The sheer pace and scale of these migrations could shift countries’ priorities. For some, an influx of migrants could put unprecedented strain on countries’ infrastructure, on their economies, and on communities forced to uproot themselves (little by little, or all at once). For others, a moment of mass movement could be an opportunity to create a positive economic and cultural shift.

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  • Quartz Obsession — Climate migration — Card 4

    “Men stood by their fences and looked at the ruined corn, drying fast now, only a little green showing through the film of dust. The men were silent and they did not move often. And the women came out of the houses to stand beside their men—to feel whether this time the men would break.”

    The Grapes of Wrath, a story of environmental migrants during the Dust Bowl, published in 1939

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  • Quartz Obsession — Climate migration — Card 5

    What should we call people forced to leave their homes due to climate change? While some might push to dub them “refugees,” there are good reasons to avoid this terminology, according to a 2019 blog post by Dina Ionesco, the head of the Migration, Environment and Climate Change Division at the UN Migration Agency. The word “refugee” has a specific legal meaning that may not encompass the full experience of those forced to leave their homes due to climate change. Most climate migrants stay within their country, Ionesco points out, while migrants only become refugees when they leave their home nation. Additionally, climate change may not be the only reason they left home, which could make it harder for someone to qualify for a designated legal status.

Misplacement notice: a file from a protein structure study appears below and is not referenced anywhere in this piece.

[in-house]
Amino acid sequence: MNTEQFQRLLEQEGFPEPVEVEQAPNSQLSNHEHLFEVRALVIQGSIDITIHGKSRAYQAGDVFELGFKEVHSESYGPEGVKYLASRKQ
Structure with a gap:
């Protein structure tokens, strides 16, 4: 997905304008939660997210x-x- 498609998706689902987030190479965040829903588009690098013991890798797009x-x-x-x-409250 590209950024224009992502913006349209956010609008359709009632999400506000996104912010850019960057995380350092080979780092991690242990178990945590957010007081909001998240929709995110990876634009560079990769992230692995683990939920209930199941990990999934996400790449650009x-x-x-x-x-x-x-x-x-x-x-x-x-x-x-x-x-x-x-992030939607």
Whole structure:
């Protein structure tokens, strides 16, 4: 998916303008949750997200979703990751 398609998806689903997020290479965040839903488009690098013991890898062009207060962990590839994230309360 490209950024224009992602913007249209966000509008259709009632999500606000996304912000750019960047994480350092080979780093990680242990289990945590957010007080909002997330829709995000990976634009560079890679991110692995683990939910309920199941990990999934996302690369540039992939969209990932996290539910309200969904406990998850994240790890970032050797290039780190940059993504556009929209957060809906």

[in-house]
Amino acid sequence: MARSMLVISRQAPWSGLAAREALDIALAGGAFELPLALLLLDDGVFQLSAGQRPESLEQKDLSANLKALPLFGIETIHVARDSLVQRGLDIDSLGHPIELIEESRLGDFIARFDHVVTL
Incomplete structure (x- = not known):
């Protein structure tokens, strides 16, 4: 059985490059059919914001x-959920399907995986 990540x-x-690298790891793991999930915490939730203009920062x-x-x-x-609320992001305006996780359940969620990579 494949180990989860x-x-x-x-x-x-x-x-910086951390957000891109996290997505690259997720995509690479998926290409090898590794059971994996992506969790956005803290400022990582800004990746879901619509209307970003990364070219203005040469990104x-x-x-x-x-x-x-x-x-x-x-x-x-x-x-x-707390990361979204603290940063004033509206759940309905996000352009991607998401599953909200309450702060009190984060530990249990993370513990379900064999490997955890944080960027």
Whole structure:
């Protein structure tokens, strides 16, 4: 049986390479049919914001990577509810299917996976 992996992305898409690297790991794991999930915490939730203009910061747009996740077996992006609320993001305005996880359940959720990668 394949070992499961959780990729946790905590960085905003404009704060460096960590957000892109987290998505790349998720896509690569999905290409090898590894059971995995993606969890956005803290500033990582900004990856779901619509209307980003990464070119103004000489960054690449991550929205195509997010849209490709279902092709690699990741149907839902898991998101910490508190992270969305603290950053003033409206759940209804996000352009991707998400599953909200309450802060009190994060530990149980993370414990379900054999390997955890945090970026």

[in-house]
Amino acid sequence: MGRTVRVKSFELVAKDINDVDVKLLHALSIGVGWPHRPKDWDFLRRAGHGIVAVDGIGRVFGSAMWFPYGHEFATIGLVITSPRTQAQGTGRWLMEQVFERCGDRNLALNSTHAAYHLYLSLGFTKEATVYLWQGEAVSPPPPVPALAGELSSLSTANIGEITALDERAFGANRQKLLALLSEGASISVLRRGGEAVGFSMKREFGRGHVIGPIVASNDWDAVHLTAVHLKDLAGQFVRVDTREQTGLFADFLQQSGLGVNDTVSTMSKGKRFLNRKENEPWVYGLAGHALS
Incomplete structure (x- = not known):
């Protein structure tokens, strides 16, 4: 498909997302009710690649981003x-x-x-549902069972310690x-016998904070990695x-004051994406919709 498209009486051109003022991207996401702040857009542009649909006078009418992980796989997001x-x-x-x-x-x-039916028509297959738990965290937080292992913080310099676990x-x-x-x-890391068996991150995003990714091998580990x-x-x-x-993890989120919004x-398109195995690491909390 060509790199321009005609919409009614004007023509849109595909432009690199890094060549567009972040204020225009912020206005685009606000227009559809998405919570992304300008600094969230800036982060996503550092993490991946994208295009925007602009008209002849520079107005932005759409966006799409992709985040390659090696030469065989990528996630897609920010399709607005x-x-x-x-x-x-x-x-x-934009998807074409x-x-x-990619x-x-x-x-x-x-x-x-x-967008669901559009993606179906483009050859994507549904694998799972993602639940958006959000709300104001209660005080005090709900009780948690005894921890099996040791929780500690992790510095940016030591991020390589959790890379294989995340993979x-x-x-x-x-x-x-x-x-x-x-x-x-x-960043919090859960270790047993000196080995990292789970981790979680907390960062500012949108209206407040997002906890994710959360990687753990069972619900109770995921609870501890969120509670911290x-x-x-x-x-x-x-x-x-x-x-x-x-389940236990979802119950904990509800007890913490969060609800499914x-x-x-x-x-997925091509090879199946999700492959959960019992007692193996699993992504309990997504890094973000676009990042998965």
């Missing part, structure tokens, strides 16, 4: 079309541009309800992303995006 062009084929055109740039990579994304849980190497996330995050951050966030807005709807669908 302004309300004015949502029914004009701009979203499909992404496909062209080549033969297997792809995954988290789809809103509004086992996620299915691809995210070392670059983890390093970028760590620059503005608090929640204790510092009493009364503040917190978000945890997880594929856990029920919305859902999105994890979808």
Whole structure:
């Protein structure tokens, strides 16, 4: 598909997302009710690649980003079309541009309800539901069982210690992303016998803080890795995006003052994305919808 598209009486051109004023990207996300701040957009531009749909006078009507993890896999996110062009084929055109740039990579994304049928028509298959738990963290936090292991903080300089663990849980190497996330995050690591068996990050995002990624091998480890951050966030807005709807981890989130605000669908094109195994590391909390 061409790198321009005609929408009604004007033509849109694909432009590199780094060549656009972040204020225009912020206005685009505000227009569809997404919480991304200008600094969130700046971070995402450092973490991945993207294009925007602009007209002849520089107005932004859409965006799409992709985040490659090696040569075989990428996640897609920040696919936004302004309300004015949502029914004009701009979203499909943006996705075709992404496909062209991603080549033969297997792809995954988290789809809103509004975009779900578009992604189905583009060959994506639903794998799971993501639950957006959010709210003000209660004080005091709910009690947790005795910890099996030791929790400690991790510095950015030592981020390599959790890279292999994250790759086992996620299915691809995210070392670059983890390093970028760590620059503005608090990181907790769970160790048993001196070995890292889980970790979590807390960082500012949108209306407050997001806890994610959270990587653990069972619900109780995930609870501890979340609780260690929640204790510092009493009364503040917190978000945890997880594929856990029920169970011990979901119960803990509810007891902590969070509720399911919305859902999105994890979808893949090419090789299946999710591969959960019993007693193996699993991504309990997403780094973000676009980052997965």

That doesn’t mean governments shouldn’t prepare for people displaced by climate change, both from their own nations and from others. Though some cities have begun to ramp up climate mitigation efforts such as higher sea walls and even moving entire towns, few governments are actively crafting policies intended to address the needs of those displaced by climate change, or to prepare those places that may become their destinations.

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  • Quartz Obsession — Climate migration — Card 6

    Heat is already the most deadly weather-related event in the US, killing 12,000 people every year.

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  • Quartz Obsession — Climate migration — Card 8